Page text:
Physiatry Has Become a Valuable Component of Survivorship Care in Cancer Centers
Incorporating a physiatrist into a palliative care team adds further expertise to the management of patients with often-complex care needs.
—Sean Smith, MD
The role of a physical medicine and rehabilitation physician at cancer centers continues to grow, as survivors live longer and national cancer organizations advocate for more rehabilitation services throughout the continuum of survivorship care. Working with physiatrists at your institution can help improve access to necessary patient care services and maintain compliance with the 2012 accreditation standards for oncology practices issued by the American College of Surgeons’ Commission on Cancer (CoC), the most recent provisions of which took effect in January 2015. The CoC’s new Cancer Program Standards call for several additional patient-centered standards, including improved access to different services, proper symptom screening assessment, and the potential integration of multidisciplinary care into survivorship care plans.
This article launches the Physiatry in Oncology column, which will explore the benefits of physiatric services for individuals with a history of cancer. In this article, I provide actionable ways that physical medicine and rehabilitation practices can be integrated into cancer centers and comply with the CoC guidelines. Future columns will address specific cancer diagnoses and the physical and cognitive impairments that survivors may face as a result, with the goal of encouraging collaboration between members of interdisciplinary care teams to improve patient care.
Role of Rehabilitation in Cancer Care
Many organizations are recognizing the need for cancer rehabilitation and are integrating this service into their guidelines and recommendations. The CoC’s Cancer Program Standards mandate that all cancer centers have a policy or procedure in place to access rehabilitation services for accredited centers and that patients are appropriately screened and referred for ancillary and supportive care services.1
The American Cancer Society also explicitly recognizes and advocates for impairment-driven rehabilitation services and emphasizes the identification and treatment of specific impairments that decrease physical, cognitive, or psychosocial functioning.2 Physiatrists are trained in the treatment of disorders related to the nerves, muscles, bones, and brain and provide care that is distinct from what could be accomplished through routine exercise programs or referrals to a physical therapist, because the complexity and constellation of patients’ symptom burden often necessitate a more comprehensive approach to care.3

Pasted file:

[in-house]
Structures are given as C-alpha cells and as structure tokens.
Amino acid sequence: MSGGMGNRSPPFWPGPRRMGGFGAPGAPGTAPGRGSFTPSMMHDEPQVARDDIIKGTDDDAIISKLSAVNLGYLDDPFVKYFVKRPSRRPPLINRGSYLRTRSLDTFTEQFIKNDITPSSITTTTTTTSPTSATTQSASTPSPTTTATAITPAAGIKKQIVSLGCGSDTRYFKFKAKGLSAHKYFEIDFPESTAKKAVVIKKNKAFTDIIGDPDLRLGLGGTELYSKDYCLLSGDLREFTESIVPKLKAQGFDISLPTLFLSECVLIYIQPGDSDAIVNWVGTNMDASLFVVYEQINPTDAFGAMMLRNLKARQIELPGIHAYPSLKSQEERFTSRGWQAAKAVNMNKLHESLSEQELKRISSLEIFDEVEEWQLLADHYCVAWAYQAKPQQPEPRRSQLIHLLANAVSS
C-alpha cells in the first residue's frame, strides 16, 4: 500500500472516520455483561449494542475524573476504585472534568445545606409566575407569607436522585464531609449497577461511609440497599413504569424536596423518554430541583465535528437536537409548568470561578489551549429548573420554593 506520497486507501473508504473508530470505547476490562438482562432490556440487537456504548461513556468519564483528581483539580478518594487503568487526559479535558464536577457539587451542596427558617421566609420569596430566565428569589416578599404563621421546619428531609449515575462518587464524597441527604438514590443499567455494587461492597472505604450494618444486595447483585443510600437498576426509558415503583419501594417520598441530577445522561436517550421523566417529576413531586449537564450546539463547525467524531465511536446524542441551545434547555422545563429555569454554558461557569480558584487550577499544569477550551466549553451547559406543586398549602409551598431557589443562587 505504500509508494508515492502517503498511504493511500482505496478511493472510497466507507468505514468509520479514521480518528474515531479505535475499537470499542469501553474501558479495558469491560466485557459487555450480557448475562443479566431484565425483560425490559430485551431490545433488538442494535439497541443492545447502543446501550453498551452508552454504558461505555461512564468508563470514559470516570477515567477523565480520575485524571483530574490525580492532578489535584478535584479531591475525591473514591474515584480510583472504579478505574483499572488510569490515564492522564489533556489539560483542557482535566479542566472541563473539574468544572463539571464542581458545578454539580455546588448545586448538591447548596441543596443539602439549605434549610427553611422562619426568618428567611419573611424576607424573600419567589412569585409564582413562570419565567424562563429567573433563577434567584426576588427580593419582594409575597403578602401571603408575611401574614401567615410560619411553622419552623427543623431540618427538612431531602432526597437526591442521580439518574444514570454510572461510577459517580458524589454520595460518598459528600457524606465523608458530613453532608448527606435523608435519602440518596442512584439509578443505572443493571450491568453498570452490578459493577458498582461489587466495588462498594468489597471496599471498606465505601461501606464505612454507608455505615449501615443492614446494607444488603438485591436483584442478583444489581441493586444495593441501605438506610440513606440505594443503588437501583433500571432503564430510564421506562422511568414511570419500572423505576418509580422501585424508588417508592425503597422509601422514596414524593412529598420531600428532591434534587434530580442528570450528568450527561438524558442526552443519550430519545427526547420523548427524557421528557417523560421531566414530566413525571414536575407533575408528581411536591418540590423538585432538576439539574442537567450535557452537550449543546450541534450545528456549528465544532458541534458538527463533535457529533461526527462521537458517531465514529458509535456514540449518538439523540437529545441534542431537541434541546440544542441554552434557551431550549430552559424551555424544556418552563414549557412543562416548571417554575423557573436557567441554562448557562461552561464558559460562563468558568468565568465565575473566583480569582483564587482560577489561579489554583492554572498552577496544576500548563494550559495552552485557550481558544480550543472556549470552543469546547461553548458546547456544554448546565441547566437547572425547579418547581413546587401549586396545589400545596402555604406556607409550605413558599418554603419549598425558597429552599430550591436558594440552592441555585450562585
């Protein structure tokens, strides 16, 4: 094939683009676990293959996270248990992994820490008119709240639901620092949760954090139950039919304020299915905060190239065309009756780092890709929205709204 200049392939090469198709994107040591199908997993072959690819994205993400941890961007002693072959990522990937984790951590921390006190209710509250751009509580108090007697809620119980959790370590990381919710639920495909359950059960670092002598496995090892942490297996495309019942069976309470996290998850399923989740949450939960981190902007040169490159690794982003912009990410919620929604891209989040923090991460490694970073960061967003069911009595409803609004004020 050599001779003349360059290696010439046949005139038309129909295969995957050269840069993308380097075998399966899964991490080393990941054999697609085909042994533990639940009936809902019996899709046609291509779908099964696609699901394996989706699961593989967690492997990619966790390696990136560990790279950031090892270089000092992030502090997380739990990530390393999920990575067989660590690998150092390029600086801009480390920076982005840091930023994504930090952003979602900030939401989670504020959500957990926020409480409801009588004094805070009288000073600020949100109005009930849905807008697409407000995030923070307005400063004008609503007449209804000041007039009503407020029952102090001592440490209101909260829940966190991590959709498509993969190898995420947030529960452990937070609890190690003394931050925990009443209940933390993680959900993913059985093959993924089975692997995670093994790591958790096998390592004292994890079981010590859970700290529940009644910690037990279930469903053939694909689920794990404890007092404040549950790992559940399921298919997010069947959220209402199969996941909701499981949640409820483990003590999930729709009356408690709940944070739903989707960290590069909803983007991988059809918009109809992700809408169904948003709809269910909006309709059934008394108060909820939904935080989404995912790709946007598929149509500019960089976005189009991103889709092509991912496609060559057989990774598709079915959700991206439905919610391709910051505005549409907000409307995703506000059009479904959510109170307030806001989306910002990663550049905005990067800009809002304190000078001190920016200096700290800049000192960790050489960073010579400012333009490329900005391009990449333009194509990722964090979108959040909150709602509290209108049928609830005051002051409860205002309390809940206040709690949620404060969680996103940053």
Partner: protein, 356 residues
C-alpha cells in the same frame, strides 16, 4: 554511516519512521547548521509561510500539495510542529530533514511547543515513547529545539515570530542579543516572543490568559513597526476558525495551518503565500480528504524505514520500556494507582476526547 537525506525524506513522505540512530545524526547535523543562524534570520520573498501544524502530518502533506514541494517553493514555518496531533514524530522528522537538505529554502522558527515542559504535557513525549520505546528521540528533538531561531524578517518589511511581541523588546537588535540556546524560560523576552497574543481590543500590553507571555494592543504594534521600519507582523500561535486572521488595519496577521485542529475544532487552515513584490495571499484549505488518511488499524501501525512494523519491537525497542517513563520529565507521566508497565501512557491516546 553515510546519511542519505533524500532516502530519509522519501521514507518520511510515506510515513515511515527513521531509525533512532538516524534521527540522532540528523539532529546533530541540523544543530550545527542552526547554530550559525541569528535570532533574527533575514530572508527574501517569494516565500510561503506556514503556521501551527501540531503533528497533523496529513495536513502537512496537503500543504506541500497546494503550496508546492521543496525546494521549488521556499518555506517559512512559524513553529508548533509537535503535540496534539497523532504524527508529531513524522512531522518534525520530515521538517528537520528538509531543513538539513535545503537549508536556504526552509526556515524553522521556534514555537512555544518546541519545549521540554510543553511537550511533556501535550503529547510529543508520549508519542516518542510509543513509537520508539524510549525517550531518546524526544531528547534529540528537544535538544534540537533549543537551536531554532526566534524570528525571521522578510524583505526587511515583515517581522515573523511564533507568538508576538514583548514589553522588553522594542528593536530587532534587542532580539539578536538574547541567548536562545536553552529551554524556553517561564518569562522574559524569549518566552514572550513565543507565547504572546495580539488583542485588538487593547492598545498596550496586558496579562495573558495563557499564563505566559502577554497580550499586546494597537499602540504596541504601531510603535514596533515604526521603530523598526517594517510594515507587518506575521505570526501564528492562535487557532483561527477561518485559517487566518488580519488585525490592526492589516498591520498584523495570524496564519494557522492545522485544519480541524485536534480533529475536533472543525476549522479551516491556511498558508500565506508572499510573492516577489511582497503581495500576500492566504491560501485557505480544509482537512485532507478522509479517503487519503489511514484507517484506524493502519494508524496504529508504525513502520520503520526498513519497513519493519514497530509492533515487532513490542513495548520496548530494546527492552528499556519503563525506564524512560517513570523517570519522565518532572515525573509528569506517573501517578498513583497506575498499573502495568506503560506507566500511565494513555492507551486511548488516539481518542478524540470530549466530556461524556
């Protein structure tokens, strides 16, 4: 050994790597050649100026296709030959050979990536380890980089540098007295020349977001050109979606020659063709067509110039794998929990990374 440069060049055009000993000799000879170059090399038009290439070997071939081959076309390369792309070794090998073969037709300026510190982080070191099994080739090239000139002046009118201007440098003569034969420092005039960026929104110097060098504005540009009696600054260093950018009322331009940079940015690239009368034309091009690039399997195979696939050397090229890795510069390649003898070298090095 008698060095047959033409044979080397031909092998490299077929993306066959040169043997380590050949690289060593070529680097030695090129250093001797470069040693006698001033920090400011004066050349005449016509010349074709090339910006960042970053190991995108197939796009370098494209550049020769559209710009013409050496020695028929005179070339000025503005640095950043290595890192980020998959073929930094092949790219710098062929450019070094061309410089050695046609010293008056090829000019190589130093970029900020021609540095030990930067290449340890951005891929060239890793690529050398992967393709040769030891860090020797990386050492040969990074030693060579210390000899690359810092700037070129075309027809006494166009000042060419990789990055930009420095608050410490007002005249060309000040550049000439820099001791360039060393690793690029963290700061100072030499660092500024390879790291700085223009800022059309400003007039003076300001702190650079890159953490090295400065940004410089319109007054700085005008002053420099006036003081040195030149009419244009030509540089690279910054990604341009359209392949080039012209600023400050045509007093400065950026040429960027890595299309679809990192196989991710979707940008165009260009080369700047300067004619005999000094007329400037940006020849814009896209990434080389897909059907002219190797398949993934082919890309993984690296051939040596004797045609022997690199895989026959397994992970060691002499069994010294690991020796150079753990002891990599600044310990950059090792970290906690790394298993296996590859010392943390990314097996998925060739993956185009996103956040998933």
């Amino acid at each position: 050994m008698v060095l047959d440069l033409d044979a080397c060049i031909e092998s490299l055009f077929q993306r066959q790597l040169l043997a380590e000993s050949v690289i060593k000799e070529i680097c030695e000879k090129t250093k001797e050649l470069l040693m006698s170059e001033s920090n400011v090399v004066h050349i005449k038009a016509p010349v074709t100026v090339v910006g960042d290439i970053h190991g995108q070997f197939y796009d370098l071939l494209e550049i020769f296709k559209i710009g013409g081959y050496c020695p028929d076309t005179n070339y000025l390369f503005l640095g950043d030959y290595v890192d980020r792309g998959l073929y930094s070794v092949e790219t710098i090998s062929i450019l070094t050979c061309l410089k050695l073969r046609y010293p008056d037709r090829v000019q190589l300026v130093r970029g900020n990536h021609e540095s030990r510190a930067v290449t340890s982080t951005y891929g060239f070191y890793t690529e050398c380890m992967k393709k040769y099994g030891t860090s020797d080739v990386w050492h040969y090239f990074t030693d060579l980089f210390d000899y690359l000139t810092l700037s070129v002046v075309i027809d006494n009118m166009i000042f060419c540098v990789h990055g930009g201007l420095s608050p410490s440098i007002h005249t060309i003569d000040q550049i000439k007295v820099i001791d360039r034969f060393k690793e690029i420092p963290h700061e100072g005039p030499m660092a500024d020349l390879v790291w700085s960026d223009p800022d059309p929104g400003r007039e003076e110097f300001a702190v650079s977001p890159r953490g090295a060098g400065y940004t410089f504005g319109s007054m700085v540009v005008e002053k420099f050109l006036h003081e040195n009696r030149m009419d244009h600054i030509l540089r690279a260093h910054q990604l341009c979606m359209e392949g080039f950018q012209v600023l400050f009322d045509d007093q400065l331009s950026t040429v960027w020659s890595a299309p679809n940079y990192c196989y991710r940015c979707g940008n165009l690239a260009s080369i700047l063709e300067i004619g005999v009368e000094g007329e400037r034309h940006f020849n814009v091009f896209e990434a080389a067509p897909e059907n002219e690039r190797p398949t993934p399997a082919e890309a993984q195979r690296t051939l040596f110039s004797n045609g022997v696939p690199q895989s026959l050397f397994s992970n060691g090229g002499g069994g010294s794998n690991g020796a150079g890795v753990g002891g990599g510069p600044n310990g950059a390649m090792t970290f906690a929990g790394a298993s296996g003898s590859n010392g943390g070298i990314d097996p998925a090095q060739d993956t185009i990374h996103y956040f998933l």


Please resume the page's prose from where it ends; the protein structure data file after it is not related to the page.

Other cancer survivorship organizations such as Livestrong also recognize the benefits that physical medicine and rehabilitation services provide, and the push to integrate these services into oncologic care is continuing to gain momentum. Working with a physical medicine and rehabilitation department or provider can help ensure a seamless transition for survivors into this now-mandatory component of care.
Physiatrists and Symptom Management
Cancer centers are required to provide palliative care services to their patients for both pain and nonpain symptom management. While it is not mandated that cancer centers have a dedicated clinic for these services, those centers that do should consider having a physiatrist as a member of their multidisciplinary care team.
Although a palliative care–trained oncologist has valuable skills in pain management and the diagnosis of disease progression or recurrence, a physiatrist has expertise in diagnosing and managing the musculoskeletal and neurologic deficits that a patient with cancer may face as a result of the disease and/or its treatment. Co-managing patient care with a physiatrist and/or triaging patients to a physiatrist can optimize their care.